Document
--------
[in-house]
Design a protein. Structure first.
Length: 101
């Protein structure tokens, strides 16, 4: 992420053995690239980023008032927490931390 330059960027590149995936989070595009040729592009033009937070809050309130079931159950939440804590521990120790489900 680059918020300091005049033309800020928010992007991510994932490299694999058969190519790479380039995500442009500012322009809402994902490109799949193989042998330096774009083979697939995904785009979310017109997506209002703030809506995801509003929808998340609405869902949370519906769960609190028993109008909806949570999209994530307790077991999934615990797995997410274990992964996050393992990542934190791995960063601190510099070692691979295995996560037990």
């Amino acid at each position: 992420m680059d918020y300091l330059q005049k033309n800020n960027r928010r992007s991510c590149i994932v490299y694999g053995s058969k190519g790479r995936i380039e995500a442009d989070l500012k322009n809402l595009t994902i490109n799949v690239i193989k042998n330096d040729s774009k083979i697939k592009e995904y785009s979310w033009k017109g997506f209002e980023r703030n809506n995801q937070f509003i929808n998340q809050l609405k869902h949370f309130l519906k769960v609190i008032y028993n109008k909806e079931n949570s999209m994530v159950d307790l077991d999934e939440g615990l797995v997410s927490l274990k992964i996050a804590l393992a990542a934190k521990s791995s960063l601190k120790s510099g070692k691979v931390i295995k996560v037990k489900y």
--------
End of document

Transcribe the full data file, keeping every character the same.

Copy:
[in-house]
Design a protein. Structure first.
Length: 101
């Protein structure tokens, strides 16, 4: 992420053995690239980023008032927490931390 330059960027590149995936989070595009040729592009033009937070809050309130079931159950939440804590521990120790489900 680059918020300091005049033309800020928010992007991510994932490299694999058969190519790479380039995500442009500012322009809402994902490109799949193989042998330096774009083979697939995904785009979310017109997506209002703030809506995801509003929808998340609405869902949370519906769960609190028993109008909806949570999209994530307790077991999934615990797995997410274990992964996050393992990542934190791995960063601190510099070692691979295995996560037990």
């Amino acid at each position: 992420m680059d918020y300091l330059q005049k033309n800020n960027r928010r992007s991510c590149i994932v490299y694999g053995s058969k190519g790479r995936i380039e995500a442009d989070l500012k322009n809402l595009t994902i490109n799949v690239i193989k042998n330096d040729s774009k083979i697939k592009e995904y785009s979310w033009k017109g997506f209002e980023r703030n809506n995801q937070f509003i929808n998340q809050l609405k869902h949370f309130l519906k769960v609190i008032y028993n109008k909806e079931n949570s999209m994530v159950d307790l077991d999934e939440g615990l797995v997410s927490l274990k992964i996050a804590l393992a990542a934190k521990s791995s960063l601190k120790s510099g070692k691979v931390i295995k996560v037990k489900y």